“If you were to put an open skatepark in the centre of a town it would dominate the town. It would become the most important thing. It is a bit like when you go to MACBA and it is full of skaters out the front, and the activity does dominate the square. But the moment you put skaters on multiple layers, up in the air, so at street level, it is all glass with a café, it becomes possible to integrate skateboarders into an urban town centre", Guy continues.
The multi-storey skatepark will have a street section on the top floor. Then there will be a bowl floor, and what Maverick are calling a “flow floor". The flow floor will be the largest of all, stretching across the entire building. It will also be shallower than the bowl floor, and less geared towards competitions. It will feature waterfalls and lots of hips, and will flow from one end of the building to the other.
»The moment you put skaters on multiple layers, up in the air, so at street level, it is all glass with a café, it becomes possible to integrate skateboarders into an urban town centre« – Guy Hollaway, commissioned architect for Folkstone skatepark
Three particularly striking features include the convex bowl roof; the mesh walls of the upper floors; and the proposed longboard path leading into the town.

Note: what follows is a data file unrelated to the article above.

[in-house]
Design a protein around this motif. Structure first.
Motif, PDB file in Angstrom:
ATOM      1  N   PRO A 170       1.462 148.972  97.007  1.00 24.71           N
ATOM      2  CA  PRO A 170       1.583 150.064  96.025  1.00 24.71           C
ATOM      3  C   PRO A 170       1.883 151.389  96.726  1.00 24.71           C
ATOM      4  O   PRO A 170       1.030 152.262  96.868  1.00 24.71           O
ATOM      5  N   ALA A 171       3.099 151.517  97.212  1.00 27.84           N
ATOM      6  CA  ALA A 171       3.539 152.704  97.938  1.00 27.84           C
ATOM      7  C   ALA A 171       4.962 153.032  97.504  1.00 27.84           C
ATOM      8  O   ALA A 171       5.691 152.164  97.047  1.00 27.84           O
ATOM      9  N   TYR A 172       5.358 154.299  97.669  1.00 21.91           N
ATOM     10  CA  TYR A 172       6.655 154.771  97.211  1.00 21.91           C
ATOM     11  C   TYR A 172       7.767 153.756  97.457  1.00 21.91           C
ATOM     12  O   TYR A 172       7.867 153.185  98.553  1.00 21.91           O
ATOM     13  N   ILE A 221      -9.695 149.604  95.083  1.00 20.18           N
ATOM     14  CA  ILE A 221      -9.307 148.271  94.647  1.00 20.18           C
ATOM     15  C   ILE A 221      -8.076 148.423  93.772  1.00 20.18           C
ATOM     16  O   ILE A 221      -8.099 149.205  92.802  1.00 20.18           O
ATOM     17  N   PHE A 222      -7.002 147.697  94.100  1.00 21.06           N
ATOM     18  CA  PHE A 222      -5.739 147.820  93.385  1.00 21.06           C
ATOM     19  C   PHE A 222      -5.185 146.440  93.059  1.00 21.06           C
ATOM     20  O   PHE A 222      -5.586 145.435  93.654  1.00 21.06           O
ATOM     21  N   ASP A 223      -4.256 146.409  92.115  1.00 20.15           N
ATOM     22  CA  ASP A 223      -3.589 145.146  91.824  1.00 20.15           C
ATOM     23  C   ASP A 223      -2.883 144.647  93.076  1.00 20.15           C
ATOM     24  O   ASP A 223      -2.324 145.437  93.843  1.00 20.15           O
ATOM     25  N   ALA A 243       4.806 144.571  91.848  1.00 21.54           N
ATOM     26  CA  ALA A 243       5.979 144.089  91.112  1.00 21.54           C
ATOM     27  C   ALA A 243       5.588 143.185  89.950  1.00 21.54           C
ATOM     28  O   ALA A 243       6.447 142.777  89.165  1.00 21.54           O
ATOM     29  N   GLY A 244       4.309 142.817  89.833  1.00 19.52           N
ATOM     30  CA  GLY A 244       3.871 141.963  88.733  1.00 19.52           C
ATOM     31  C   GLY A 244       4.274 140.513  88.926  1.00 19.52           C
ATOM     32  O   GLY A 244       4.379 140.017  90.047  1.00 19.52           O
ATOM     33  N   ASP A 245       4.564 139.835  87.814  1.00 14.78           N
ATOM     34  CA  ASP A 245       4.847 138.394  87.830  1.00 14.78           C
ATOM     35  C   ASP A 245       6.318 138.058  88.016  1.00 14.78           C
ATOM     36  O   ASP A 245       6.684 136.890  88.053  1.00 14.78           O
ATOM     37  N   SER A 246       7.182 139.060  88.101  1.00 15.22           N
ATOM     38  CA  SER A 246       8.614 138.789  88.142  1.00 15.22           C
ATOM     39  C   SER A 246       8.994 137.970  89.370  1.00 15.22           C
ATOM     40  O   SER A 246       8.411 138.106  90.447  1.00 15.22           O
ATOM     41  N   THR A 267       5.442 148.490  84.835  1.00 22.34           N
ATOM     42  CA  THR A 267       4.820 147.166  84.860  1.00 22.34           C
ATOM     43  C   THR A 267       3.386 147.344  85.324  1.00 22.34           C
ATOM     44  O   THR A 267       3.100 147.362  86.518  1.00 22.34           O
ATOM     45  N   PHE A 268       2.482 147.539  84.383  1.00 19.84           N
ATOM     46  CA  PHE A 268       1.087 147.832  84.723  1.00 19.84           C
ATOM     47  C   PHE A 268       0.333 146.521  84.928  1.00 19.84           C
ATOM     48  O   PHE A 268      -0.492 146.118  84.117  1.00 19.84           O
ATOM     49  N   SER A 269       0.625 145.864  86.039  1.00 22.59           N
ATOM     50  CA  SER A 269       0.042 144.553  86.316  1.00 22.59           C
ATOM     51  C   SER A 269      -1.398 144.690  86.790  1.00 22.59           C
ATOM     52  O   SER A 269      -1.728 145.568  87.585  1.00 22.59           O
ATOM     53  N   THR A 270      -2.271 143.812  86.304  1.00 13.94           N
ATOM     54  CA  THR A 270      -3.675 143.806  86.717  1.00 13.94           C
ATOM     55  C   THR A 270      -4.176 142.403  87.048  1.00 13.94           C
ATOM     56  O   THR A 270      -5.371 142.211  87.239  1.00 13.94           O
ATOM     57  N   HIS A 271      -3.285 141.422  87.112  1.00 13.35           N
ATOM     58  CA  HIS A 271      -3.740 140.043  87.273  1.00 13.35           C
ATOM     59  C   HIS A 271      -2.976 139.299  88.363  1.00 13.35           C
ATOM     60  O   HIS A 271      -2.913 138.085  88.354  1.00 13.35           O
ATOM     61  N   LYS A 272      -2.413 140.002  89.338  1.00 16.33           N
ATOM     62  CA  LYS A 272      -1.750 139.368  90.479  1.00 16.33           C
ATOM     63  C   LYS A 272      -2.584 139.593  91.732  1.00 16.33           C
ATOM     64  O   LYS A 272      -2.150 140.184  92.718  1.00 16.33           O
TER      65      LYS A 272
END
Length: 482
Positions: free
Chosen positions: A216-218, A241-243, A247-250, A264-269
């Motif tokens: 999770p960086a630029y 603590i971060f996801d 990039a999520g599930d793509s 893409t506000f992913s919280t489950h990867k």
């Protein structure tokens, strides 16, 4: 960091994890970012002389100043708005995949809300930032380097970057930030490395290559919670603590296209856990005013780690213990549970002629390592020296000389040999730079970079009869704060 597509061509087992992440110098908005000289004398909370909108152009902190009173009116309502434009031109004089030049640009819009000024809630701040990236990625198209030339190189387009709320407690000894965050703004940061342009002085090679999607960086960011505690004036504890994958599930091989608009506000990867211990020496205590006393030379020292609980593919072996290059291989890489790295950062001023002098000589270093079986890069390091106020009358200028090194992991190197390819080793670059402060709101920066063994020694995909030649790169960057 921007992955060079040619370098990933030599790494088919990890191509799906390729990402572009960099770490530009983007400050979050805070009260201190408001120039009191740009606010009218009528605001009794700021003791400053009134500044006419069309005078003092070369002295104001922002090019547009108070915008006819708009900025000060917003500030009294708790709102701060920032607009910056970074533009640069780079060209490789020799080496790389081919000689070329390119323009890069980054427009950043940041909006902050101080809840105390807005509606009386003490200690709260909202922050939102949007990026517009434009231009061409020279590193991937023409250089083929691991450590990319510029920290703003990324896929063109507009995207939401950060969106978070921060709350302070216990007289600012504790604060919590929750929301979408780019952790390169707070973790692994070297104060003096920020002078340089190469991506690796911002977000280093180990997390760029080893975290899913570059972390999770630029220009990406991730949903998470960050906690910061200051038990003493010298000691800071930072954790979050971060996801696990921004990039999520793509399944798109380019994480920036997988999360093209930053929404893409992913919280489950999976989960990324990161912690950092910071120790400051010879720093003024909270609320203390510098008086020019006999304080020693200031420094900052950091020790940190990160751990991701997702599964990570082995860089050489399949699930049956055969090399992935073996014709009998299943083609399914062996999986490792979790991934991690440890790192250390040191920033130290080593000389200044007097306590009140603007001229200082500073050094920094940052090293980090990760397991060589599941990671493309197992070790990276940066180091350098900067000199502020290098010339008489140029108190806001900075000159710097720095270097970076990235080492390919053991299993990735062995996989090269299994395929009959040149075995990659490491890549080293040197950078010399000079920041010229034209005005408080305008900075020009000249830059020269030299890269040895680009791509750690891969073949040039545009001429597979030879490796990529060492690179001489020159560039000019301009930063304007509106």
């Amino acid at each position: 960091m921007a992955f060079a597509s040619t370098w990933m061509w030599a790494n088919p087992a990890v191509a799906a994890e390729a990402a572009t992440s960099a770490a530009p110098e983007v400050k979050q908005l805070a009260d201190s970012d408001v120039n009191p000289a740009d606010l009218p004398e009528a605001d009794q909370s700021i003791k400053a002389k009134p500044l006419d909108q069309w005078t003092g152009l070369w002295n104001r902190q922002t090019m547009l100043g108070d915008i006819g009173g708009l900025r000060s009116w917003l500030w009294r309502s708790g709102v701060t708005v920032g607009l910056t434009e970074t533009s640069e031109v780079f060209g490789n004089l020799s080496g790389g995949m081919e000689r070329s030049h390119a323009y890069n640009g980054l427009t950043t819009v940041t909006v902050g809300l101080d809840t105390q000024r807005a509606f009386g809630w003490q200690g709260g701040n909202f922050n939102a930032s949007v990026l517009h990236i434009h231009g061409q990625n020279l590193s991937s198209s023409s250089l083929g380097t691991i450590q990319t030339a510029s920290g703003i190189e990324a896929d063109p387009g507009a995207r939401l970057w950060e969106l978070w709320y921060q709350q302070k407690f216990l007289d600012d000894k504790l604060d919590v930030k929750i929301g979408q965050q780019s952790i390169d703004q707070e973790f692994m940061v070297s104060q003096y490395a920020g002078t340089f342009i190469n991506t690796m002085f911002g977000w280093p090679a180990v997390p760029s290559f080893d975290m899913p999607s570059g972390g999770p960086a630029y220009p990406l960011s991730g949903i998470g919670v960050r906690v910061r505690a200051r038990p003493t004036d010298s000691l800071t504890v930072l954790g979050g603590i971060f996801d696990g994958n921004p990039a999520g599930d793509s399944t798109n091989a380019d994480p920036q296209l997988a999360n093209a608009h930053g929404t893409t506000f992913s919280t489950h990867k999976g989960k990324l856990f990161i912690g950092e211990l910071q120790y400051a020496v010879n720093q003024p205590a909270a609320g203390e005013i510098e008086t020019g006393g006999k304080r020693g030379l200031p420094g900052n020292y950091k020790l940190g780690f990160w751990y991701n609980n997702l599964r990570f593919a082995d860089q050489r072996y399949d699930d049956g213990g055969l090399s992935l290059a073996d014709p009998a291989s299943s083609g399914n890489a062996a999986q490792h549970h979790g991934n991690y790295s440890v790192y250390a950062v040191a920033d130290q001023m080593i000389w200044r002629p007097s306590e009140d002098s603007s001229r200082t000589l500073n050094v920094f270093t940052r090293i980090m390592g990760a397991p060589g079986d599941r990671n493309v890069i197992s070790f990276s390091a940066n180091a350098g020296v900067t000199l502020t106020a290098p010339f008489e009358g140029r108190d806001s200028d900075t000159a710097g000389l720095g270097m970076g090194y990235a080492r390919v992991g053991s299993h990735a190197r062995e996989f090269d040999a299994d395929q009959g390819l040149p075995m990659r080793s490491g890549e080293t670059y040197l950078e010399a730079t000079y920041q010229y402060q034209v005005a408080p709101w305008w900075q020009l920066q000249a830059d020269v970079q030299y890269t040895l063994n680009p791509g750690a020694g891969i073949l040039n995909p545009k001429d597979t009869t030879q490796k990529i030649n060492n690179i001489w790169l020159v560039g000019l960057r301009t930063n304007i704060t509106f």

The roof of the ground floor will be beneath the base of the bowls, and so at some points the underside of the bowl will drop to 2.4 metres above your head, and then rise to 4 or 5 metres in other areas. The inverted shape of the bowl will look like some kind of moonscape.
For Guy, Folkestone skatepark is one of his most technically challenging projects yet. “Each of the floors are what we call cold floors, they are open to the elements. Mesh will keep the weather out. So as you can imagine, the ground floor, which is like a normal closed building, is heated. And so we have to try to insulate between an undulating floor and a café space. That presents a lot of challenges."
Big air handling units are being looked at as a way of forcing humidity through the building, so that on those cold winter days the skatepark floor will not become slick. Although there may be a few days in the year when it is impossible to skate, this should not be cause for concern. For a start, the entire place will be dry most of the year.
The proposed longboard journey, which would run from the skatepark down the high street and all the way out onto the harbour, would help the building to connect with the rest of the town. “We want the building to extend its tentacles into the town. We want to create a journey for longboarders, we’re developing the idea now, but the first thing you have to do is create the centre, and from there we want the building to evolve and become a part of the culture of the place."